You almost got it right, Mr. Trump. Almost.
Just own your sh*t and let’s move on.
Never, in a million years did I think I would write an article with, “Own your Sh*t” in the title, but here it is and here I am.
I’m a woman who was raised Catholic, and a Midwesterner.
I was generally conditioned to be polite, charitable and think kindly about my neighbor. I do those things, but I’m also a woman who is fierce for justice, has a firm stand for honesty, and is freakin’ tired of irresponsibility and lack of self-ownership.
And I’m tired of people blaming other people for their own behavior.
Yesterday, I listened to the video of Donald Trump apologizing for his statements 10 years ago about grabbing women’s pussies. It was heartening. He had genuine ownership. Here are a few of his statements:
”I’ve said and done things that I regret.”
”I said it. I was wrong. And I apologize.”
”I pledge to be a better man tomorrow…”
Thanks, Mr. Trump. I appreciate the apology. Stop now and don’t continue. Just own your part with humility—that’s what an apology is.
Unfortunately, he didn’t stop there. He went on to bring up Bill and Hillary Clinton’s bad behaviors. He started to attack and blame them both for past transgressions and alleged behavior.
Now, I am not arguing whether or not the accusations made are fitting for Bill and Hillary Clinton. That is another conversation. Most of us agree that Bill Clinton is not a role model for moral behavior.
What I am arguing is: just own your sh*t and leave it at that.
In another conversation you can bring up other issues, someone else’s transgressions, other points you want to make. But in this communication, you were apologizing for your behavior. Stick with that.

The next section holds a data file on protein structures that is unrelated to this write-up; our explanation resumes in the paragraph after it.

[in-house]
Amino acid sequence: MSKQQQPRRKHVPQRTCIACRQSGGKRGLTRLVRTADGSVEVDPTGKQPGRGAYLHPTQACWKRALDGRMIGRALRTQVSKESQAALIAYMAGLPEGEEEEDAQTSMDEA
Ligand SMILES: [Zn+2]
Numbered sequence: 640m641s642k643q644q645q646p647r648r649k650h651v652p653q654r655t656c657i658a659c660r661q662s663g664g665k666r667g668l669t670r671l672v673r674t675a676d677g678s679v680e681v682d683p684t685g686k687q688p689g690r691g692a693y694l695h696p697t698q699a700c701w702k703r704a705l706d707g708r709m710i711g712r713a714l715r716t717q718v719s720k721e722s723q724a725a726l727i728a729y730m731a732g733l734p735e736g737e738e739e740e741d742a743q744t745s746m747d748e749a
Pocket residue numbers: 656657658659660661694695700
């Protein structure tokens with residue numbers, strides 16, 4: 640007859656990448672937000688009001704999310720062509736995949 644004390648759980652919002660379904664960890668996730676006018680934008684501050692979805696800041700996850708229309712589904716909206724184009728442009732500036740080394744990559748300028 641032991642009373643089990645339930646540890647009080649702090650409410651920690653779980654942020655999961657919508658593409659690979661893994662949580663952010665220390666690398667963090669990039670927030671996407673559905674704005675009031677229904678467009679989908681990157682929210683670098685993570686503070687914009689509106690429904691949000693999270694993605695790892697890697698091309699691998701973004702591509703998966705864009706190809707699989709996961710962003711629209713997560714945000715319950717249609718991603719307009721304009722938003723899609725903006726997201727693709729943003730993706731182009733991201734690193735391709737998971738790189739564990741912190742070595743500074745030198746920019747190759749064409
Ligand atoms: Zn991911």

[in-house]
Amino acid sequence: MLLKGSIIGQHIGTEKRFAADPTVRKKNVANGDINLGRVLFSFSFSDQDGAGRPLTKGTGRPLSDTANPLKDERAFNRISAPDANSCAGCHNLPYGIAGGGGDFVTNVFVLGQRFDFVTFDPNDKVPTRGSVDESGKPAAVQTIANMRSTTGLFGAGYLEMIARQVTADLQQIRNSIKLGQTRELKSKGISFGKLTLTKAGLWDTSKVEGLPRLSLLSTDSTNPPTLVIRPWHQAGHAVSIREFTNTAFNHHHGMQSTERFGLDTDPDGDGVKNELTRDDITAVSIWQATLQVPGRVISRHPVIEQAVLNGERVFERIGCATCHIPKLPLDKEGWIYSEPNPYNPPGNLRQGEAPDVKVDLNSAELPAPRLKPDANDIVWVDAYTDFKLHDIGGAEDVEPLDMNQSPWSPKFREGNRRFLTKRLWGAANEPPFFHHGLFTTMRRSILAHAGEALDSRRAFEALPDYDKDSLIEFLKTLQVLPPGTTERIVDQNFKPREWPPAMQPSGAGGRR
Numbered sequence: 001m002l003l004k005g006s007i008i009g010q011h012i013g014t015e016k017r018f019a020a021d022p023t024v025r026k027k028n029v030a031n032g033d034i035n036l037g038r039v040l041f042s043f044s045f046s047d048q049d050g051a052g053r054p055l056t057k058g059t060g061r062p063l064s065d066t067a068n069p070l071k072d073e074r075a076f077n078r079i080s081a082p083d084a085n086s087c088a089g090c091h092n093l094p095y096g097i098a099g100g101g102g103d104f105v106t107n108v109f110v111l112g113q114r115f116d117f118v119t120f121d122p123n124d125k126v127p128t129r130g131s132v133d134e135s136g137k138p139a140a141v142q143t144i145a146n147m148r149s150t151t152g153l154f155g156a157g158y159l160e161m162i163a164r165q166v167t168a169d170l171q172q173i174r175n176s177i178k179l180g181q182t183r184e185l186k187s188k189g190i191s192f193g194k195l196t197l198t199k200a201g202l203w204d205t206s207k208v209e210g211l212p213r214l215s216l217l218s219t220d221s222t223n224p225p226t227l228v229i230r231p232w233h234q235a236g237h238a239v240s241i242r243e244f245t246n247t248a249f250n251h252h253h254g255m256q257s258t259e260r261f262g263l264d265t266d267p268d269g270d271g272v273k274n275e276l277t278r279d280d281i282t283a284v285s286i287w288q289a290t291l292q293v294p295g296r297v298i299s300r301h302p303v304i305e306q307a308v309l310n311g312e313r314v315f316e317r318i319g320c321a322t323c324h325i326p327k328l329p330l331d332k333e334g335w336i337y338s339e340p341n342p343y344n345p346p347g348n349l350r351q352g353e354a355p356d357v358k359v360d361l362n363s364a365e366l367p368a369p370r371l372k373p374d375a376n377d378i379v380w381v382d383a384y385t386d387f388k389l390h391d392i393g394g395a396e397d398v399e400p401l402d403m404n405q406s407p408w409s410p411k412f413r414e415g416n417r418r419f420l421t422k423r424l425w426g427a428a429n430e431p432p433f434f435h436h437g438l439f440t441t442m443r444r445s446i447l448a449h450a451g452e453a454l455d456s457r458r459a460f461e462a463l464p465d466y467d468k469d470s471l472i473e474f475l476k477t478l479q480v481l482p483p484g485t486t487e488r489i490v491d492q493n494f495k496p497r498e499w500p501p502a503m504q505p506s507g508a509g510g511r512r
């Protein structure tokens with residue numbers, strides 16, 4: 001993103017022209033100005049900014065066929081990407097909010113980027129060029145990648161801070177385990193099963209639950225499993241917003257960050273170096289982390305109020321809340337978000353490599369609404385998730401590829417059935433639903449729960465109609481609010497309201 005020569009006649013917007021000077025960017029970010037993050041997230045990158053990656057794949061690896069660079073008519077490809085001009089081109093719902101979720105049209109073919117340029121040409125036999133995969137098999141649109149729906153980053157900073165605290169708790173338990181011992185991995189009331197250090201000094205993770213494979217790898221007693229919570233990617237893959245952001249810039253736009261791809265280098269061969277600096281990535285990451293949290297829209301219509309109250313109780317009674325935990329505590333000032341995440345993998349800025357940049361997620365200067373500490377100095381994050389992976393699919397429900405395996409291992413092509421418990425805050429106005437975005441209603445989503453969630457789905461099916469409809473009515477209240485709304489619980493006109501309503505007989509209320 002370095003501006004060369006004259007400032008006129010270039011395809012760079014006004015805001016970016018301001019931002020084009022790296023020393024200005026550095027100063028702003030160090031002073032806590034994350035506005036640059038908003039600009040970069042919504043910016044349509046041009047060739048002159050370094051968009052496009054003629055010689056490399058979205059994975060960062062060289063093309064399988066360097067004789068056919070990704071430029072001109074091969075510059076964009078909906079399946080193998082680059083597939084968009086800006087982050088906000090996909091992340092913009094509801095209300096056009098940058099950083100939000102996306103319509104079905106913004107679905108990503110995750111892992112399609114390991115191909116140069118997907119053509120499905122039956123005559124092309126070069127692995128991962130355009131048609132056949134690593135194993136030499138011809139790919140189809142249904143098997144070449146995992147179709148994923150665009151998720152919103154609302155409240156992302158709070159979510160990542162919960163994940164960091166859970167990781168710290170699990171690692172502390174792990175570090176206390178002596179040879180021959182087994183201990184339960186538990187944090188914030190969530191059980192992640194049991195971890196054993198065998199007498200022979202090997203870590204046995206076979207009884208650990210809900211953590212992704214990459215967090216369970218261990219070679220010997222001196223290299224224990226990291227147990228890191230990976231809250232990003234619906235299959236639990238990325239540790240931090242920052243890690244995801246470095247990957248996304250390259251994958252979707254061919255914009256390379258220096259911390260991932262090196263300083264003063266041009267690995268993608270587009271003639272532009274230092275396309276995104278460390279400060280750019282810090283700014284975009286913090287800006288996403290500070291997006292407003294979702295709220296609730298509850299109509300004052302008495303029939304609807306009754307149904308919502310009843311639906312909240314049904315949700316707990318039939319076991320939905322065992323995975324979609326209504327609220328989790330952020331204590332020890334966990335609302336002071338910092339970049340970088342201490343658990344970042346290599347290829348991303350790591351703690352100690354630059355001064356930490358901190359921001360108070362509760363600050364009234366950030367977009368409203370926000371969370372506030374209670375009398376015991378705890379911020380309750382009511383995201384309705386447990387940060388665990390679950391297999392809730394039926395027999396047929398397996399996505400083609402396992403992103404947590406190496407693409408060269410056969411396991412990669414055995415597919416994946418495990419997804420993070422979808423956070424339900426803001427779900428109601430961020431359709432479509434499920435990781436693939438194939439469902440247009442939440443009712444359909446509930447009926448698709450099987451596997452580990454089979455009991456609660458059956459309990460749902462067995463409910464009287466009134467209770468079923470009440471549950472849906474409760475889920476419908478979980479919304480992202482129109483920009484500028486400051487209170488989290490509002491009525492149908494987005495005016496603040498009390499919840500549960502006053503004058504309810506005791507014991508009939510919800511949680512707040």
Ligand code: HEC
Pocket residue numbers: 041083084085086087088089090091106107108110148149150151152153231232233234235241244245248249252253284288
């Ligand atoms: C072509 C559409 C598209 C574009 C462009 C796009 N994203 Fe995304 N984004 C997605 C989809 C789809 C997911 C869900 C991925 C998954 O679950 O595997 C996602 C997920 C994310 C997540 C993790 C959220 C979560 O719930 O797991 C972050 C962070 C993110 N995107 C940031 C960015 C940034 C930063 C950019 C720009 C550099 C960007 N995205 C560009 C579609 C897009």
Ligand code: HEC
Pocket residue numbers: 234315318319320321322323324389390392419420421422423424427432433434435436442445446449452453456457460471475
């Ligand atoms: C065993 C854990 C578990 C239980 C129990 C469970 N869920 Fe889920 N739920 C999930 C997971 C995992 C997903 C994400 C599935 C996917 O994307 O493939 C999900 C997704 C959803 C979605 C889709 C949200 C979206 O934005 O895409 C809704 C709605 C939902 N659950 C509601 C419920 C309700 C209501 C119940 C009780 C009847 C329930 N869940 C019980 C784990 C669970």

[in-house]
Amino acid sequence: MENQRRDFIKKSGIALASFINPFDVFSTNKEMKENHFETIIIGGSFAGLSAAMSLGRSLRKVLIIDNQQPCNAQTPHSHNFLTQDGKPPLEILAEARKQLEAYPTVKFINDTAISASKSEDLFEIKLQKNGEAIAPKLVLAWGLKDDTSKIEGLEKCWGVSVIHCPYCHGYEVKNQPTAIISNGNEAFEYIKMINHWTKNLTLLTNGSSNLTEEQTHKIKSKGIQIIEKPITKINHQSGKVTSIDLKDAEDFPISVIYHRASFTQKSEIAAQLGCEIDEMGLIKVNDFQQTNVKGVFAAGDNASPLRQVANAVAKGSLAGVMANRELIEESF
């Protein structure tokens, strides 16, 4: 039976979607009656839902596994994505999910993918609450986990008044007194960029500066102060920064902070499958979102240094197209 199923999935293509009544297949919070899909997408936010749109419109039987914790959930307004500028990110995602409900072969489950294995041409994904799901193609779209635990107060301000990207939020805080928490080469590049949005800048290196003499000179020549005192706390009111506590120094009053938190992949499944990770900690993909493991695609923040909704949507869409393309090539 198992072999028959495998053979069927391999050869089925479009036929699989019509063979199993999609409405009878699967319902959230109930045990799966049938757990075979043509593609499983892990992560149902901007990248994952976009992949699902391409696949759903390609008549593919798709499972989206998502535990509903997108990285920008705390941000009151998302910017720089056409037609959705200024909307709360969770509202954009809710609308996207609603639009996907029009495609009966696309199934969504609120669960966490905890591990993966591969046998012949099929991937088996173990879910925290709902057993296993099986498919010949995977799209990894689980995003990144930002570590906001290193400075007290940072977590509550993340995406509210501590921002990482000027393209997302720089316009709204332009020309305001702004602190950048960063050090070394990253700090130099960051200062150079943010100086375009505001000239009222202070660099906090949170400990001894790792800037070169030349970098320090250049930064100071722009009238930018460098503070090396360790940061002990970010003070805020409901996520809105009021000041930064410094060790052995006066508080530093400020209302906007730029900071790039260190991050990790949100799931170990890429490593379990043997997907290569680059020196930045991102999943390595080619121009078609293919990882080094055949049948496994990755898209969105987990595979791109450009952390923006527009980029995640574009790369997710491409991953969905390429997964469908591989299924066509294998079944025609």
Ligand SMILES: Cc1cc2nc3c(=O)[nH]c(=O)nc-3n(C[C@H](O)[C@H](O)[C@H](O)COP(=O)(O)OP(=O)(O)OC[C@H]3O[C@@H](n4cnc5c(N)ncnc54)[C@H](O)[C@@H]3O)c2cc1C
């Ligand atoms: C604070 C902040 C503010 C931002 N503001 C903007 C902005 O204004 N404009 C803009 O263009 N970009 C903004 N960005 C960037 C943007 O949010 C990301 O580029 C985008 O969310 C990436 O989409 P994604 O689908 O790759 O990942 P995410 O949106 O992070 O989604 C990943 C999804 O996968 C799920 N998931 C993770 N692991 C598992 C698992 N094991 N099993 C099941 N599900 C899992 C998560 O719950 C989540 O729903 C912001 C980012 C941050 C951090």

When I entered recovery for my eating disorder, one of the things I loved about the 12-step spirituality process is the clarity it gives us to see our part. I was told that me looking at and taking responsibility for my part would heal my addictive, compulsive behavior.
>> We admit we are powerless and need help.
>> We then reach out for a spiritual source to assist us.
>> We self-reflect, take a moral inventory and take ownership for our wrongs.
>> We share it with someone else who is an ally and experienced in our particular ailments.
>> And then we make amends. We apologize, take responsibility for our behavior and directly communicate those amends when appropriate.
It’s clean. It’s clear. It’s precise. Then, we do our best to learn from the behavior we are amending.
It’s exhausting to live in a world where taking responsibility and ownership seem to be avoided at all costs. How much easier might our relationships in the world be if we simply owned our part and took responsibility for our own sh*t?
We are all wounded. We all have shadows. I’m no exception. There are many times when I want to list someone else’s behaviors as the reason I did what I did. But I do my best to avoid this urge.
I focus on my behavior, own my part and move on.
The reason we don’t is shame, I think. You know, that feeling that there is “something wrong with us,” that we are a mistake rather than we made a mistake. We avoid accountability because we haven’t healed the shame we carry inside and when we get close to owning our mistakes, the little voice inside says, “you are bad and wrong.” Healing our shame is possible and doing our own shame reduction work is necessary.
However, while we cannot think our way into right-acting, we can act our way into right-thinking.
If our actions reflect personal responsibility for our behavior, then our thinking will eventually catch up. We are human. We make mistakes. It is mature to own our behavior but we must also acknowledge that our core self is good. We can act our way into believing in our own goodness.
What might our relationships with ourselves, our communities and the world at large be like if we simply took responsibility for our part, made amends, learned from our mistakes and moved on?
Mr. Trump, you have a full four years ahead of you. Your learning curve is steeper than you can even imagine. You will make more mistakes and tweet more words that you may wish to take back, and perhaps more of your colored and unflattering history will emerge.
Be an adult. Spend your time doing what you can and not blaming or pointing the fingers at others.
Stand with your own humility. Bow your head. Ask for forgiveness.
That’s the sign of real strength and power.
Own your sh*t and move on.
Author: Sally Bartolameolli
Editor: Catherine Monkman